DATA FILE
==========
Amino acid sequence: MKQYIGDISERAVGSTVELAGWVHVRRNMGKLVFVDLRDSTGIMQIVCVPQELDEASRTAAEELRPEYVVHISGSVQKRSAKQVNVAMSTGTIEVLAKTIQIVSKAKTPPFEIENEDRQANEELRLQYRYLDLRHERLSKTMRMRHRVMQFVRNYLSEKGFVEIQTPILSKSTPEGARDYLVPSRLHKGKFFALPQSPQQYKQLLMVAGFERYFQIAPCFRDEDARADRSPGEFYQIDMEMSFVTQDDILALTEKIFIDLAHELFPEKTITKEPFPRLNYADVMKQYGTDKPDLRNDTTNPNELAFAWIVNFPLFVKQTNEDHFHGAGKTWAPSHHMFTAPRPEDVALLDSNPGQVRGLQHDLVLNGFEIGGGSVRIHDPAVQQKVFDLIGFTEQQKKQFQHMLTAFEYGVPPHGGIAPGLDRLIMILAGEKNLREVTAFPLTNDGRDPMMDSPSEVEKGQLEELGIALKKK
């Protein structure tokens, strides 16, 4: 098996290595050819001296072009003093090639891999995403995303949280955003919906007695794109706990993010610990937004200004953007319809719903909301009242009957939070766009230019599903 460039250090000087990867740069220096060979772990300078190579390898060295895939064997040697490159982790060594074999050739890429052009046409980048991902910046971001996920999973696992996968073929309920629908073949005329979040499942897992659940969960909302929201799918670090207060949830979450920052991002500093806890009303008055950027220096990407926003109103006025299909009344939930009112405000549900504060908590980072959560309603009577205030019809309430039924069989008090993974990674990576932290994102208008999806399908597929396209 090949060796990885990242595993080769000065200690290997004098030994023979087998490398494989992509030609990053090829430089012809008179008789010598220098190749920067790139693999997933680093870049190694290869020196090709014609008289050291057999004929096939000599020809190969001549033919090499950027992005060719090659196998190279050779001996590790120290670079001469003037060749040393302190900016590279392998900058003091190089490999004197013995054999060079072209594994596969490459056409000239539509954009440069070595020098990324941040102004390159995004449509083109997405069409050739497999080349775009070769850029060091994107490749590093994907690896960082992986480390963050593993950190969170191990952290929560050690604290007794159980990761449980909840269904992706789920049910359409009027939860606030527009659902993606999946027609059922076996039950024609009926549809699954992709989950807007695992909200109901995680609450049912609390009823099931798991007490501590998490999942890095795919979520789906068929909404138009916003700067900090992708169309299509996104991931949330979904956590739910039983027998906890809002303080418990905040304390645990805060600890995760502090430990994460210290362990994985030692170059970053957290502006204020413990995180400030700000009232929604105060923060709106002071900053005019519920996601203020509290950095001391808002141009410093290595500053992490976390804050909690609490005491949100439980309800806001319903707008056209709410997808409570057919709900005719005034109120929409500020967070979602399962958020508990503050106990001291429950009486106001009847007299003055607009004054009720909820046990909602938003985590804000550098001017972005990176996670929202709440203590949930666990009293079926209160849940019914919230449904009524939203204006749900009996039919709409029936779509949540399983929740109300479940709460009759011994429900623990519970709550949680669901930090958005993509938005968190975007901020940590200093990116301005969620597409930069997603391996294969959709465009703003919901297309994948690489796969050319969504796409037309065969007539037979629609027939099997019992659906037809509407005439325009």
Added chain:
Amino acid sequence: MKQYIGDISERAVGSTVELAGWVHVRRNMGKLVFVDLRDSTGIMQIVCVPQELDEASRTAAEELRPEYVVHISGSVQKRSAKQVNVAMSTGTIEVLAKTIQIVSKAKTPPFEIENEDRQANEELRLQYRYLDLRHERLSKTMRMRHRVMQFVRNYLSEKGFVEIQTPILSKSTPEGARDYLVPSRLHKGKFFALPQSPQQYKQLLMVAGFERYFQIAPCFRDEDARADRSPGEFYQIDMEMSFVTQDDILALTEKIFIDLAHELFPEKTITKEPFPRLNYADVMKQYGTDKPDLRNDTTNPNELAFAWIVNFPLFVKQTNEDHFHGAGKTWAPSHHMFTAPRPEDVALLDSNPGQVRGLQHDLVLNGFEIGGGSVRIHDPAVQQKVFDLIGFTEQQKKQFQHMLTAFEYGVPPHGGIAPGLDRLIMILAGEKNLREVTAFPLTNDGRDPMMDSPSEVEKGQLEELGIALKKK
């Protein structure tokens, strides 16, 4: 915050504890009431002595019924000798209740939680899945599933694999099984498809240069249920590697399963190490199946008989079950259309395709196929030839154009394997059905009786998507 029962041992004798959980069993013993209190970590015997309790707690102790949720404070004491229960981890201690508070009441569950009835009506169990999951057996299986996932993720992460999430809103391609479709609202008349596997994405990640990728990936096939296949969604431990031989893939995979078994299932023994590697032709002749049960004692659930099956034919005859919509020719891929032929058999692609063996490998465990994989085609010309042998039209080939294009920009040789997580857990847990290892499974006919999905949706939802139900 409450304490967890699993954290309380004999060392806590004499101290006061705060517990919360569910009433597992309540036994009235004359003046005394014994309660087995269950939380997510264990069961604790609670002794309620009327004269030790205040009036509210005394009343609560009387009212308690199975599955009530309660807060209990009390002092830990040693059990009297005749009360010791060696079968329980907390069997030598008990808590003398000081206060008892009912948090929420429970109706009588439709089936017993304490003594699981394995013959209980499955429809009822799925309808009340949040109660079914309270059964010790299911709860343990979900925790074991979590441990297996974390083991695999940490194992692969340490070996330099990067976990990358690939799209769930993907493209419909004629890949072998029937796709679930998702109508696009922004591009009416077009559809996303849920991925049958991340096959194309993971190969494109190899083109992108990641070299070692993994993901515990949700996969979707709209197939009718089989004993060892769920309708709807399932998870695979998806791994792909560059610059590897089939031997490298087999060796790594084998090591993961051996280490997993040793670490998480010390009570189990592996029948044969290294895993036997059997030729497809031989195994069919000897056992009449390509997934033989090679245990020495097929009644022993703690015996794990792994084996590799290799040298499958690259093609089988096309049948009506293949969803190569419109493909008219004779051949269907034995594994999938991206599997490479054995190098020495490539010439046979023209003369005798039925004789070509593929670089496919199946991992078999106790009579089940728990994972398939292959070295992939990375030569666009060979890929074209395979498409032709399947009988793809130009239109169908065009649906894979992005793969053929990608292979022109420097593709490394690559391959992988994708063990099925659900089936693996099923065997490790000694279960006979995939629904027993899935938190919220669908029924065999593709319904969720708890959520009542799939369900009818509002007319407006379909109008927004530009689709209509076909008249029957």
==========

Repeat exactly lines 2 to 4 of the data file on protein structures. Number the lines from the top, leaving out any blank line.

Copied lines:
């Protein structure tokens, strides 16, 4: 098996290595050819001296072009003093090639891999995403995303949280955003919906007695794109706990993010610990937004200004953007319809719903909301009242009957939070766009230019599903 460039250090000087990867740069220096060979772990300078190579390898060295895939064997040697490159982790060594074999050739890429052009046409980048991902910046971001996920999973696992996968073929309920629908073949005329979040499942897992659940969960909302929201799918670090207060949830979450920052991002500093806890009303008055950027220096990407926003109103006025299909009344939930009112405000549900504060908590980072959560309603009577205030019809309430039924069989008090993974990674990576932290994102208008999806399908597929396209 090949060796990885990242595993080769000065200690290997004098030994023979087998490398494989992509030609990053090829430089012809008179008789010598220098190749920067790139693999997933680093870049190694290869020196090709014609008289050291057999004929096939000599020809190969001549033919090499950027992005060719090659196998190279050779001996590790120290670079001469003037060749040393302190900016590279392998900058003091190089490999004197013995054999060079072209594994596969490459056409000239539509954009440069070595020098990324941040102004390159995004449509083109997405069409050739497999080349775009070769850029060091994107490749590093994907690896960082992986480390963050593993950190969170191990952290929560050690604290007794159980990761449980909840269904992706789920049910359409009027939860606030527009659902993606999946027609059922076996039950024609009926549809699954992709989950807007695992909200109901995680609450049912609390009823099931798991007490501590998490999942890095795919979520789906068929909404138009916003700067900090992708169309299509996104991931949330979904956590739910039983027998906890809002303080418990905040304390645990805060600890995760502090430990994460210290362990994985030692170059970053957290502006204020413990995180400030700000009232929604105060923060709106002071900053005019519920996601203020509290950095001391808002141009410093290595500053992490976390804050909690609490005491949100439980309800806001319903707008056209709410997808409570057919709900005719005034109120929409500020967070979602399962958020508990503050106990001291429950009486106001009847007299003055607009004054009720909820046990909602938003985590804000550098001017972005990176996670929202709440203590949930666990009293079926209160849940019914919230449904009524939203204006749900009996039919709409029936779509949540399983929740109300479940709460009759011994429900623990519970709550949680669901930090958005993509938005968190975007901020940590200093990116301005969620597409930069997603391996294969959709465009703003919901297309994948690489796969050319969504796409037309065969007539037979629609027939099997019992659906037809509407005439325009």
Added chain:
Amino acid sequence: MKQYIGDISERAVGSTVELAGWVHVRRNMGKLVFVDLRDSTGIMQIVCVPQELDEASRTAAEELRPEYVVHISGSVQKRSAKQVNVAMSTGTIEVLAKTIQIVSKAKTPPFEIENEDRQANEELRLQYRYLDLRHERLSKTMRMRHRVMQFVRNYLSEKGFVEIQTPILSKSTPEGARDYLVPSRLHKGKFFALPQSPQQYKQLLMVAGFERYFQIAPCFRDEDARADRSPGEFYQIDMEMSFVTQDDILALTEKIFIDLAHELFPEKTITKEPFPRLNYADVMKQYGTDKPDLRNDTTNPNELAFAWIVNFPLFVKQTNEDHFHGAGKTWAPSHHMFTAPRPEDVALLDSNPGQVRGLQHDLVLNGFEIGGGSVRIHDPAVQQKVFDLIGFTEQQKKQFQHMLTAFEYGVPPHGGIAPGLDRLIMILAGEKNLREVTAFPLTNDGRDPMMDSPSEVEKGQLEELGIALKKK